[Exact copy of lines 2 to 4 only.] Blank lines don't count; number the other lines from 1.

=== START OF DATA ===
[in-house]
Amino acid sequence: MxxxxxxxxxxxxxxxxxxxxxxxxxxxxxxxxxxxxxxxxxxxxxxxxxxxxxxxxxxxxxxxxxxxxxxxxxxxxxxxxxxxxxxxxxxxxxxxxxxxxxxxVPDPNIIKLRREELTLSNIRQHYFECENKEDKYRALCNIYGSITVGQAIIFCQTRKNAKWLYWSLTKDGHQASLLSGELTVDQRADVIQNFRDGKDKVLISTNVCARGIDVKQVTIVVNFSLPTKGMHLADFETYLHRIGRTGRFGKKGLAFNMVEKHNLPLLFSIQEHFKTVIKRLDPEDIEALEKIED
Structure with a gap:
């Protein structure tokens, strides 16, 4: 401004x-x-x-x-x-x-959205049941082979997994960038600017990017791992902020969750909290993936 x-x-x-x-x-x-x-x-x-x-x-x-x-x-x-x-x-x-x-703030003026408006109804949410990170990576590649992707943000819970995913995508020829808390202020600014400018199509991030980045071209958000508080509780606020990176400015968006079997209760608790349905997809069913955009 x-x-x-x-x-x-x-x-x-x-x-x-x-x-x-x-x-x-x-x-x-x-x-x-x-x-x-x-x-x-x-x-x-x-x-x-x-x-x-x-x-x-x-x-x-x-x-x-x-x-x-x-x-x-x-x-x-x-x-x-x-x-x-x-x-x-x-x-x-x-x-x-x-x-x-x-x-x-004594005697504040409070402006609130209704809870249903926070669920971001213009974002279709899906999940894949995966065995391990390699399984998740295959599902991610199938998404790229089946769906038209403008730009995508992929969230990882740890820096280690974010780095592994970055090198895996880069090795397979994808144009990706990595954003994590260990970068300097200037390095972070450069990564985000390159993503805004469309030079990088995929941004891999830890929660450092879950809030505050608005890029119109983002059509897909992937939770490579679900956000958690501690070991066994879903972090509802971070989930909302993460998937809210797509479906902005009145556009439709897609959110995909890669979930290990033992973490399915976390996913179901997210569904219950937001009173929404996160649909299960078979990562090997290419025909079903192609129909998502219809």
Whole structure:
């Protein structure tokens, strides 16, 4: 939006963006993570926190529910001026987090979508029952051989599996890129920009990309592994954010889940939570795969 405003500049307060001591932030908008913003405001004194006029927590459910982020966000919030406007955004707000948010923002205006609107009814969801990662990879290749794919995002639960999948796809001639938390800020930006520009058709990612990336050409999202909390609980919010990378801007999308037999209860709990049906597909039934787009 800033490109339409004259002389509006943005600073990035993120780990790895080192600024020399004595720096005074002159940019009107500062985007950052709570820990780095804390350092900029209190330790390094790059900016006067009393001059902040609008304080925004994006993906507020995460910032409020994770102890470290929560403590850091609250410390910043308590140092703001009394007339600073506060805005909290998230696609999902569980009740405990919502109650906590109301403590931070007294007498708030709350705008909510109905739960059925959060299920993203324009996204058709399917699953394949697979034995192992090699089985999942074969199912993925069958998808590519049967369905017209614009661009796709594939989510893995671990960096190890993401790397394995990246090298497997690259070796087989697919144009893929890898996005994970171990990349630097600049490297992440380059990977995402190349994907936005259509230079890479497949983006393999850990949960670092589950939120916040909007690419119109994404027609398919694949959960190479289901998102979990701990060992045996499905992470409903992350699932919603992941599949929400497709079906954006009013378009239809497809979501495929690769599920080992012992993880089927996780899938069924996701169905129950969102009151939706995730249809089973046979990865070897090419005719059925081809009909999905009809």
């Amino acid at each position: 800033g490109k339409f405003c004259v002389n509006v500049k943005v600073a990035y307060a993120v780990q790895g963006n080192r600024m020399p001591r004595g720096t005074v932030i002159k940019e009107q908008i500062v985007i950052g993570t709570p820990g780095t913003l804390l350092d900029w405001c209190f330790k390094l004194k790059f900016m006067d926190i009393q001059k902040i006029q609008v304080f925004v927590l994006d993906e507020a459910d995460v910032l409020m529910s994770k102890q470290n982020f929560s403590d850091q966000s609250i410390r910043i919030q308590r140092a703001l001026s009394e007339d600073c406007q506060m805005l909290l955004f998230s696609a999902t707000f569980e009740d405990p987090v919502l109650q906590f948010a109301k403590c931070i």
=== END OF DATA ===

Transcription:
Amino acid sequence: MxxxxxxxxxxxxxxxxxxxxxxxxxxxxxxxxxxxxxxxxxxxxxxxxxxxxxxxxxxxxxxxxxxxxxxxxxxxxxxxxxxxxxxxxxxxxxxxxxxxxxxxVPDPNIIKLRREELTLSNIRQHYFECENKEDKYRALCNIYGSITVGQAIIFCQTRKNAKWLYWSLTKDGHQASLLSGELTVDQRADVIQNFRDGKDKVLISTNVCARGIDVKQVTIVVNFSLPTKGMHLADFETYLHRIGRTGRFGKKGLAFNMVEKHNLPLLFSIQEHFKTVIKRLDPEDIEALEKIED
Structure with a gap:
């Protein structure tokens, strides 16, 4: 401004x-x-x-x-x-x-959205049941082979997994960038600017990017791992902020969750909290993936 x-x-x-x-x-x-x-x-x-x-x-x-x-x-x-x-x-x-x-703030003026408006109804949410990170990576590649992707943000819970995913995508020829808390202020600014400018199509991030980045071209958000508080509780606020990176400015968006079997209760608790349905997809069913955009 x-x-x-x-x-x-x-x-x-x-x-x-x-x-x-x-x-x-x-x-x-x-x-x-x-x-x-x-x-x-x-x-x-x-x-x-x-x-x-x-x-x-x-x-x-x-x-x-x-x-x-x-x-x-x-x-x-x-x-x-x-x-x-x-x-x-x-x-x-x-x-x-x-x-x-x-x-x-004594005697504040409070402006609130209704809870249903926070669920971001213009974002279709899906999940894949995966065995391990390699399984998740295959599902991610199938998404790229089946769906038209403008730009995508992929969230990882740890820096280690974010780095592994970055090198895996880069090795397979994808144009990706990595954003994590260990970068300097200037390095972070450069990564985000390159993503805004469309030079990088995929941004891999830890929660450092879950809030505050608005890029119109983002059509897909992937939770490579679900956000958690501690070991066994879903972090509802971070989930909302993460998937809210797509479906902005009145556009439709897609959110995909890669979930290990033992973490399915976390996913179901997210569904219950937001009173929404996160649909299960078979990562090997290419025909079903192609129909998502219809």